Krause attended the University of Cincinnati College of Design, Art, Architecture and Planning; Birkbeck College, University of London, England; earning his BFA from the Art Academy of Cincinnati and his MFA from The Milton Avery Graduate School of the Arts, Bard College, New York. He is professor of Art at the Art Academy where he also co-chairs the Studio Program.

Gary Gaffney to moderate discussion on Contemporary Art

CAM flyerProfessor Emeritus of the Art Academy of Cincinnati Gary Gaffney has selected a panel of local art professionals to discuss the question, “Why Does Contemporary Art Matter?” in an After Dark presentation by the Cincinnati Art Museum from 7 to 8 p.m. Friday, October 25 at the Mary R. Schiff Library.

Informal conversations will follow the discussion with  notable participants; Jason Frantz, Director of Manifest Gallery; Saad Ghosn, Scientist, Artist, and founder of SOS Art; Kevin T. Kelly, an artist with regional and international recognition; and Althea Thompson, Chair of the Visual Arts Department of the School for the Creative and Performing Arts.

Gaffney said it is time for the artist’s voice to be heard about larger issues relating to contemporary art. “Art education is eroding in the schools, and if you look at the coverage of the arts, much of the quality and criticism is not coming close to the art itself. If you go to major galleries after opening nights, they are as empty as tombs,” he said. These varied artists and educators who also create their own work were chosen by Gaffney because “they make an effort to get the public involved in art and take the time to educate.” The forum will take place at the Cincinnati Art Museum in the Mary R. Schiff Library, which is up the right stairwell through the Renaissance and Spanish galleries.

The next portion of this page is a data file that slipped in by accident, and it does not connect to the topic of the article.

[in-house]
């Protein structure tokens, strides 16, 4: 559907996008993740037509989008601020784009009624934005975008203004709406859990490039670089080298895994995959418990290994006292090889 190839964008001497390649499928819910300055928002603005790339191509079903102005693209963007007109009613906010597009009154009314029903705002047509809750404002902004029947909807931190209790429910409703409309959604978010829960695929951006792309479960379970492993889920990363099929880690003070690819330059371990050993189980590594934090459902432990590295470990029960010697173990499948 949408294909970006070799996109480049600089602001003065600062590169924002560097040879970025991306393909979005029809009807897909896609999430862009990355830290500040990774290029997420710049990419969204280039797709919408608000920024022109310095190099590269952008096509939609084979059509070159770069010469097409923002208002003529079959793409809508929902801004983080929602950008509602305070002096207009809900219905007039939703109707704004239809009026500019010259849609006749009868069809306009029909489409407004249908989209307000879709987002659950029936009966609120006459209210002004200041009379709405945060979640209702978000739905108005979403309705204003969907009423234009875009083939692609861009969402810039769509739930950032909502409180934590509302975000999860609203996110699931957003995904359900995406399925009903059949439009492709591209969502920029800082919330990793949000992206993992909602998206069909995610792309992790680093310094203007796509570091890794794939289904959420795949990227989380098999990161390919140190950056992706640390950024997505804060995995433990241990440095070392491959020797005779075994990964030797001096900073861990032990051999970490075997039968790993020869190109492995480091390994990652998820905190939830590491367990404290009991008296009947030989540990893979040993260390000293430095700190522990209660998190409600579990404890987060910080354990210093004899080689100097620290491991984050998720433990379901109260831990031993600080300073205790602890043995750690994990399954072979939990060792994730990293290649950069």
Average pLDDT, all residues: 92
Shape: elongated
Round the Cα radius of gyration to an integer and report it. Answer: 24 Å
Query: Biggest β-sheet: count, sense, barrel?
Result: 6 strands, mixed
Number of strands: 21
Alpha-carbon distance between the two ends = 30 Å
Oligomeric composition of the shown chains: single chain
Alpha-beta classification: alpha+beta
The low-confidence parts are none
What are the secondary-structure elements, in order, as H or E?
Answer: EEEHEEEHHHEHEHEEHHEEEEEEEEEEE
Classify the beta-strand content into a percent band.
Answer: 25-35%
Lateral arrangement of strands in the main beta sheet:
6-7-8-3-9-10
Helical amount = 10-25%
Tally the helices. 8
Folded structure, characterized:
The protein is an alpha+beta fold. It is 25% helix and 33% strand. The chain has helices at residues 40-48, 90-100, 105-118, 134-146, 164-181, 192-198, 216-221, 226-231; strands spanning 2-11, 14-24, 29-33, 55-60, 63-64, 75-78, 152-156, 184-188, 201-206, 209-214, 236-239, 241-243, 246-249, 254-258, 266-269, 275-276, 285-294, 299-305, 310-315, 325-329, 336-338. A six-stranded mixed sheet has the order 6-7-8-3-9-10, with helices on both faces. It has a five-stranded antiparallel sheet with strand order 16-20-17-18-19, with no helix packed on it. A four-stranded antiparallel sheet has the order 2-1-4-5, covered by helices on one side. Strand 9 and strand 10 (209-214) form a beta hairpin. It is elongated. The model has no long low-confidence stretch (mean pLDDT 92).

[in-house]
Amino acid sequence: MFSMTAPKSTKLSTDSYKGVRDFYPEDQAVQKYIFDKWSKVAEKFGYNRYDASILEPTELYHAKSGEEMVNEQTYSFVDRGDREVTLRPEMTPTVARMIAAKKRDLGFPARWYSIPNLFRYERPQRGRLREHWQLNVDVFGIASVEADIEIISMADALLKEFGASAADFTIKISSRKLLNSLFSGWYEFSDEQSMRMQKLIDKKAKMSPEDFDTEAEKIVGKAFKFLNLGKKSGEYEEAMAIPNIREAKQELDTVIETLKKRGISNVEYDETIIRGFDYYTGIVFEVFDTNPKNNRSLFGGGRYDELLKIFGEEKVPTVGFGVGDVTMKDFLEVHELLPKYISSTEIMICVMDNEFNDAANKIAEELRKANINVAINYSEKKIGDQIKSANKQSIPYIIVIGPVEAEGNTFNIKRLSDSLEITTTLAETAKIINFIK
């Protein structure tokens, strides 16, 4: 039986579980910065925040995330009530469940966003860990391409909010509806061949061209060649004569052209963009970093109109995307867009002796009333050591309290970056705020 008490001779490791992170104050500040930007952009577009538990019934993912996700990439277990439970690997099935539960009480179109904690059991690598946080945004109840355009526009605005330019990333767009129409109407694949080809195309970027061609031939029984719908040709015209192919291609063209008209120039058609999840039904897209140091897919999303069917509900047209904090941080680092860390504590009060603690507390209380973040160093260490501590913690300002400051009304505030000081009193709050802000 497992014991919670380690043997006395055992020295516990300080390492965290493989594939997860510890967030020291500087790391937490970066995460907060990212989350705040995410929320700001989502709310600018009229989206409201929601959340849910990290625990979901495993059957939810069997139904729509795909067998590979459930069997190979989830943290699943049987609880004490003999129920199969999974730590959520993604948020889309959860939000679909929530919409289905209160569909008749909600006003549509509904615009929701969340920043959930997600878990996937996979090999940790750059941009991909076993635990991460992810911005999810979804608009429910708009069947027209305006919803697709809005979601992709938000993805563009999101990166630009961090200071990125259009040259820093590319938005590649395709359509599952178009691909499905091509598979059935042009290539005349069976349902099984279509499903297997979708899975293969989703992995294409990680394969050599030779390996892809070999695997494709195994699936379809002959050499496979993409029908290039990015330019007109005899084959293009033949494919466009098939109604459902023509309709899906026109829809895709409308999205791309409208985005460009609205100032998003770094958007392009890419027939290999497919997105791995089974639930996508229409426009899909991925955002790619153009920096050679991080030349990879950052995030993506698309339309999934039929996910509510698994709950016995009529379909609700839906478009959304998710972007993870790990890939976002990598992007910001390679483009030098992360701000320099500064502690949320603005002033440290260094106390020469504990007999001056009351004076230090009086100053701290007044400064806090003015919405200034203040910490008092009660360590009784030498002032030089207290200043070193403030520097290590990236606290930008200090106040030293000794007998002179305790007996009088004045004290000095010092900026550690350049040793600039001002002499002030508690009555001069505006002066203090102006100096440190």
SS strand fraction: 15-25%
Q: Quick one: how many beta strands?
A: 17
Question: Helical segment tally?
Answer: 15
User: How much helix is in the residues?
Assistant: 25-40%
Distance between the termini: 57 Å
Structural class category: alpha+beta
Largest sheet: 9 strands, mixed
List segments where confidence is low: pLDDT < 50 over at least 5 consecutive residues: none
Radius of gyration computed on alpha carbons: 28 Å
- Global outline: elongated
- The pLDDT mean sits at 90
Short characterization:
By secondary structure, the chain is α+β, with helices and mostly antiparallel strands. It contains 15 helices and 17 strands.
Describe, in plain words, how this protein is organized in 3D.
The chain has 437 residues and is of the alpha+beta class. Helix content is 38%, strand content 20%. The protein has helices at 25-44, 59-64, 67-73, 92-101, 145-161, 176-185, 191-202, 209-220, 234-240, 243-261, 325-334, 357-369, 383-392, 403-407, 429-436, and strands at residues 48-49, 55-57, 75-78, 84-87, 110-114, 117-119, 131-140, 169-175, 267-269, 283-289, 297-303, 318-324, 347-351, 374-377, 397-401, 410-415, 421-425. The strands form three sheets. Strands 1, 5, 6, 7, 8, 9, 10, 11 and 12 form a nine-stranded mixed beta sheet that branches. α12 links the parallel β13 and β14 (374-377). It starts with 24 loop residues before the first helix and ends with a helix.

‘Angels’ curated by Gary Gaffney ends Saturday at the Carnegie

Angels is a group exhibition exploring the concept of angels in popular culture. Curator Gary Gaffney (mixed media angel seen below) describes angels as messagers of hope and comfort, but also more broadly, angels announce, condemn, guide and guard, and define God while acting to mediate the nature of humans trapped in time and mortality.

Angels exhibit GaffneyGaffney selected regional artists working in various media: bronze, steel, porcelain, cardboard, paper, ceramic, fiberglass, wood, photography, glass, amongst others. The exhibition explores the cultural and personal understanding of angels through the eyes of these artists.

Tony Becker uses images of ladders drawn on translucent fabric veils for the piece, Our Lady of Angels, which bears testament to 92 elementary school children who died in a fire in Chicago, 1958. Firemen leaned their ladders under blackened, two story windows only to discover the children had succumed to the smoke, heat and flames. Farron Allen incorporates bronze and steel in her piece Earthbound Angels. In the passed decades, Allen has lost friends and lovers to AIDS, watching the situation as it goes from being unexplored, to an epidemic in the public arena where presidentsnow create organizations for financial assistance. She questions how fast life comes at you and how fast life comes to an end.

Angels exhibit Schmit